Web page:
Terra Ceramics ‘Patio’

Terra Ceramics ‘Patio’
made in Australia, c.1965

Terra Ceramics was a pottery run by Bernhard Fiegel, a Dutch-trained potter who immigrated to Australia after the second world war. Like much of my Australian collection, the pottery was in Ashfield [and then Greenacre]- very close to my own locale in Sydney. His pottery produced art pieces, under both the names Terra Ceramics and Terama. The pieces were hand-worked in shape, and then handpainted.

Terra Ceramics was proudly Australian, but I think you can see in these ‘Patio’ pieces, and in another collection ‘Daisy’ featured on this blog, that Fiegel’s Dutch heritage is evident in the motifs. Very modernist, and together with the asymmetrical shapes – very funky and very 60s!

The pottery produced art pieces from the early 60s to the early 80s, so was in production for less than twenty years. This set comprises a teardrop plate, a wall pocket-vase and a pair of – funky-shaped plates. Like many pieces produced in Terra Ceramics in the early days, these have a simple ‘Patio’ backstamp.

All pieces are in excellent vintage condition, and are for sale: $AU75

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Terra Ceramics lazy susan

Terra Ceramics ‘Daisy’ lazy susan
made in Australia, c.1965

The ubiquitous daisy- symbol of the 60s- is stylised and showcased on these Terra Ceramics pieces. Terra Ceramics was proudly Australian, and they have imbued their daisies with the colours of the bush-  olive greens, tans and browns. This set is a lazy susan: four segmented ceramic pieces lift out from around the central circular piece, with the whole lot on a burnished anodised aluminium tray. Which turns around – hence ‘lazy susan’.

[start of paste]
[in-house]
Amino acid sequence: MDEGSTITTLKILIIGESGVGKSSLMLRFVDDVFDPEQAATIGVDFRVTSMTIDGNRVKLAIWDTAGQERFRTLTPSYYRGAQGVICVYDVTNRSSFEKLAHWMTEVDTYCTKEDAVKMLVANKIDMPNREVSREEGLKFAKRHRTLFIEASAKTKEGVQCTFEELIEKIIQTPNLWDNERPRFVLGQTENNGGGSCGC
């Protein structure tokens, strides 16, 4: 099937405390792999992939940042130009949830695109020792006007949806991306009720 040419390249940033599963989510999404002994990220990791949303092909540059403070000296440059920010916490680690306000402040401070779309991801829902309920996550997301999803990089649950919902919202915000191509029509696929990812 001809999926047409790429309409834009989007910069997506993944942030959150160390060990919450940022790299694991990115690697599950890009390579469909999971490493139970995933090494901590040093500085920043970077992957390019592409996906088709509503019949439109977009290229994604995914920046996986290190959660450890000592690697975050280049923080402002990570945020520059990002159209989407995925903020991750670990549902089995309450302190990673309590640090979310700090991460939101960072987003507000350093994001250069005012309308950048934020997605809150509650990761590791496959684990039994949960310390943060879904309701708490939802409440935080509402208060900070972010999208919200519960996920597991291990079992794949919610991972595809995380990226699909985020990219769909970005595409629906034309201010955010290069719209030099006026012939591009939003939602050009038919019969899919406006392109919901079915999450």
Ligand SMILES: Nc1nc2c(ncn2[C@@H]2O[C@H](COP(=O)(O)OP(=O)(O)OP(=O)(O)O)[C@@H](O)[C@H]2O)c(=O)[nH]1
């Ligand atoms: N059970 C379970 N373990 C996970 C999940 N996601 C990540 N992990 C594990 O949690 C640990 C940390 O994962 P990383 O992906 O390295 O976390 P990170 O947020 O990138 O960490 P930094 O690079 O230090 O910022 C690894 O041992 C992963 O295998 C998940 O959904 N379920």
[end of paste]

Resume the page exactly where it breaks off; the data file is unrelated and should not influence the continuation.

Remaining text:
The pieces are stamped “Terra Ceramics Australia, Terama hand painted”. It’s now unusual to find hand painted ceramics- and if you look at the five individual pieces you can see subtle differences in the hand-painters work.

I have also collected a matching Daisy ramekin, and Daisy salt and pepper shakers. The Daisy collection continues!

The lazy susan is in excellent vintage condition and is for sale: $AU75

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70s Kitchenalia

Hanstan spice jars & Terra Ceramics Leaf PlateHanstan ceramic spice jars, made in Victoria, Australia c. 1970s
Terra Ceramics leaf platter, made in Australia c.1970

I love the funky 70s font of the spice names on these ceramic jars: Ginger, Allspice and Cloves. Originally the set would have been five [including Nutmeg and Bay Leaf] – but as you can see on Ebay, two, three or four-in-a-set also proliferate.

Hanstan pottery was a collaboration between Hans Wright and Stan Burrage – hence Hanstan- that started in Victoria in 1962. The pottery continued to make domestic ware pottery well into the 1980s. Since the spice names were hand-incised, no two are the same. I like to think that the ‘G’ in Ginger went off the edge because the maker was totally channeling the 70s when s/he was making/smoking it.